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I want to show that $(0,1)$ is homeomorphic to $\mathbb{R}$ by finding a homeomorphism between the two. I think the function will be related to $tan(x)$ but I'm stuck on how to modify it to fit the domain $(0,1)$.

Any help would be appreciated!

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  • $\begingroup$ all you need to do is compress the real numbers into a finite length. Then it is trivial. $\endgroup$ – Jacob Wakem Jul 10 '16 at 22:07
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$\tan:(-\frac{\pi}{2},\frac{\pi}{2})\to\mathbb{R}$ is a homeomorphism between $(-\pi/2,\pi/2)$ and $\mathbb{R}$. Define $f:(0,1)\to(-\pi/2,\pi/2)$ by $f(t)=-(1-t)\frac{\pi}{2}+t\frac{\pi}{2}=-\frac{\pi}{2}+t\pi$. Then, $f$ is a homemorphism between $(0,1) $ and $(-\pi/2,\pi/2)$. Therefore, $h:(0,1)\to\mathbb{R}$ given by $h(x)=\tan(f(x))=\tan(-\frac{\pi}{2}+t\pi)$ works.

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Would an answer not involving the tangent function fit your needs? If so, try this:

$f:\mathbb{R}\to (-1,1),\quad x\longmapsto \dfrac{x}{1+\mid x\,\,\mid}\,\,$. It's a homeomorphism (check!).

$g:(-1,1)\to (0,1),\quad x\longmapsto\dfrac{x+1}{2}\,\,.$ It's a homeomorphism (check this too!).

Now, set $h:\mathbb{R}\to (0,1)$ by the equation $h(x)=g(f(x))$ for all $x\in\mathbb{R}$. It's a homeomorphism as a compose of two such functions.

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The function $$\frac x{\sqrt{1+x^2}}$$ should do nicely.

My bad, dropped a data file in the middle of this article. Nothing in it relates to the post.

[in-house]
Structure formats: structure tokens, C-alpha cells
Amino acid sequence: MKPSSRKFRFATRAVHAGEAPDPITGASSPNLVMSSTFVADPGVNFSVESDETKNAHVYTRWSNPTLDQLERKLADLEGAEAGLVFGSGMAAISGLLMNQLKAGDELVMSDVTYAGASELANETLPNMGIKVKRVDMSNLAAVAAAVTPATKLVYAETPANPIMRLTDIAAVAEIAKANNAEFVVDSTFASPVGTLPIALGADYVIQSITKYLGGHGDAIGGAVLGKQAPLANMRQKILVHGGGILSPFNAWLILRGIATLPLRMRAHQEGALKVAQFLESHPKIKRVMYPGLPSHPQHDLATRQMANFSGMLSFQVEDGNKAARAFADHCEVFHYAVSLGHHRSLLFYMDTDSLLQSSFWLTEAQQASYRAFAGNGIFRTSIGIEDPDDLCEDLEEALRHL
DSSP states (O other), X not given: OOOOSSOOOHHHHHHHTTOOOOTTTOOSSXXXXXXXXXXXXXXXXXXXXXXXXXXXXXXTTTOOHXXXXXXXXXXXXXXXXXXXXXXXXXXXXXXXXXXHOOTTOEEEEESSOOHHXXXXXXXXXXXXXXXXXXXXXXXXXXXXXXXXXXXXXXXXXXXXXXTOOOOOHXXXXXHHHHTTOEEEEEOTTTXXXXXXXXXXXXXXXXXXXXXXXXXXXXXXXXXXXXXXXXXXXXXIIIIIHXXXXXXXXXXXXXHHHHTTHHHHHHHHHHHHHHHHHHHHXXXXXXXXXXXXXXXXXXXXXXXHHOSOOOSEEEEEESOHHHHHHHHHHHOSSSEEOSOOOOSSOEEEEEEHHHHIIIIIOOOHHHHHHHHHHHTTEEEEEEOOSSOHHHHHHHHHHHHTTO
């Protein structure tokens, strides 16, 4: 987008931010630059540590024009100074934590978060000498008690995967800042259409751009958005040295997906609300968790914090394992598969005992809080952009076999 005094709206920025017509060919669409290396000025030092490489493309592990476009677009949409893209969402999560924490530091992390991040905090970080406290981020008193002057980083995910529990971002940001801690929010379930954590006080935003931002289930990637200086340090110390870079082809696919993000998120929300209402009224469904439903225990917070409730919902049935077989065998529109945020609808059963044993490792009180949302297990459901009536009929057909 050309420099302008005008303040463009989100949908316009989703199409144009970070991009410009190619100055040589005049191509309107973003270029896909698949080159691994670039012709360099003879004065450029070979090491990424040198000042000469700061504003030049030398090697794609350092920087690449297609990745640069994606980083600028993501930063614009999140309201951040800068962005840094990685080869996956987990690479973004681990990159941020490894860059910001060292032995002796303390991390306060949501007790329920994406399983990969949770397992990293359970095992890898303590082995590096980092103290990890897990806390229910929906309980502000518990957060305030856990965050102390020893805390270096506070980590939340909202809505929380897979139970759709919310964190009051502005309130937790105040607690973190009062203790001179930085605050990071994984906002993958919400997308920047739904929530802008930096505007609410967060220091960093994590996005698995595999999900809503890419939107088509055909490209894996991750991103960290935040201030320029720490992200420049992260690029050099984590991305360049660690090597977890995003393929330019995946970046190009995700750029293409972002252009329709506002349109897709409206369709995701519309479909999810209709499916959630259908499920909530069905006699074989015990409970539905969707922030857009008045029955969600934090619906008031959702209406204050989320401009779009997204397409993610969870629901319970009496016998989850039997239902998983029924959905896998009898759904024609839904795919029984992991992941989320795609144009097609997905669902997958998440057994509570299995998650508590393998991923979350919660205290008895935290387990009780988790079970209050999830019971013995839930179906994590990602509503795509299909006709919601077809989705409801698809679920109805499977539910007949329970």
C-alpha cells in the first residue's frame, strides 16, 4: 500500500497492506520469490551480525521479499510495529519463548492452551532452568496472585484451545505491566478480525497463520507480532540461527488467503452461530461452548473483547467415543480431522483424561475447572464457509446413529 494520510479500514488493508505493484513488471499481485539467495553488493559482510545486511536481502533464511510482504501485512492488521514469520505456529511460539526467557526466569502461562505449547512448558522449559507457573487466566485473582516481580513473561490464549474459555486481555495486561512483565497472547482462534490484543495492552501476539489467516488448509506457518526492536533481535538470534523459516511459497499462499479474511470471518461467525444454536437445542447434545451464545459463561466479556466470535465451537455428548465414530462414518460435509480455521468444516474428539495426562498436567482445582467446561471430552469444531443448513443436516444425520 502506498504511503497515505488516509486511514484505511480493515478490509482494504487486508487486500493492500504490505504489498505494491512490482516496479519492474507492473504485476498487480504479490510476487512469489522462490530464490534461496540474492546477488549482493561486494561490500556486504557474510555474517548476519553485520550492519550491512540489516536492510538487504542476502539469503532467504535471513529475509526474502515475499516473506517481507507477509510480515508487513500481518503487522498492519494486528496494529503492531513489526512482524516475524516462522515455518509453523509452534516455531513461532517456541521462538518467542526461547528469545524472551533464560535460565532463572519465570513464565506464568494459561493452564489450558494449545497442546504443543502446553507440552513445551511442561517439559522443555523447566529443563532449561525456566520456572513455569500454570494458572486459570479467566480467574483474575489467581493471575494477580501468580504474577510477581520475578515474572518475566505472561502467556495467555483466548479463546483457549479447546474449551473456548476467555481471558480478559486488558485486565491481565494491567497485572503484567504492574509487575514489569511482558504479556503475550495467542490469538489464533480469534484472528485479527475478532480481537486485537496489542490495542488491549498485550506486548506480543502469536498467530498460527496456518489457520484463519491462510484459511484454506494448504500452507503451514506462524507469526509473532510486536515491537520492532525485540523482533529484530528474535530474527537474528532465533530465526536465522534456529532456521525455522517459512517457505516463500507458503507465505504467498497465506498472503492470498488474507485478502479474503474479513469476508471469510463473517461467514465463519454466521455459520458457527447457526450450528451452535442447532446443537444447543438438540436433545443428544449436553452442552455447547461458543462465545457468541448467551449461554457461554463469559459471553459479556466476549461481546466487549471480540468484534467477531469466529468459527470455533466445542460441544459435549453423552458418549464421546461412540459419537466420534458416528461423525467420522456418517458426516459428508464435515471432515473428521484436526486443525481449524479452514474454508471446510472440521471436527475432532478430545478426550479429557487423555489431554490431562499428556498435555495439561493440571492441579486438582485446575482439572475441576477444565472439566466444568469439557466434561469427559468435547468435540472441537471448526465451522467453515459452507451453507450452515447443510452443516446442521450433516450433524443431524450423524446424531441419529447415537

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  • $\begingroup$ This has same problem as $\tan$. Does not map $(0,1)$ to $\mathbb R$, so needs a change of variables. $\endgroup$ – GEdgar May 17 '16 at 14:32
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    $\begingroup$ It goes the opposite way. The inverse function is $\frac x{\sqrt{1-x^2}}$. $\endgroup$ – Lubin May 17 '16 at 17:07
  • $\begingroup$ this is my favorite map from the reals into open unit. I am not a fan of the trig ones. thanks for this. $\endgroup$ – Hossien Sahebjame Jul 21 at 1:16
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Wrap the interval into a semicircle in R^2 and map each point of the semicircle to the intersection of the diameter through that point with R^1.

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$h:\mathbb{R}\to (0, 1)$ given by $h(x)=\dfrac{(1+x+|x|)}{2(1+|x|)}$ is a homeomorphism.

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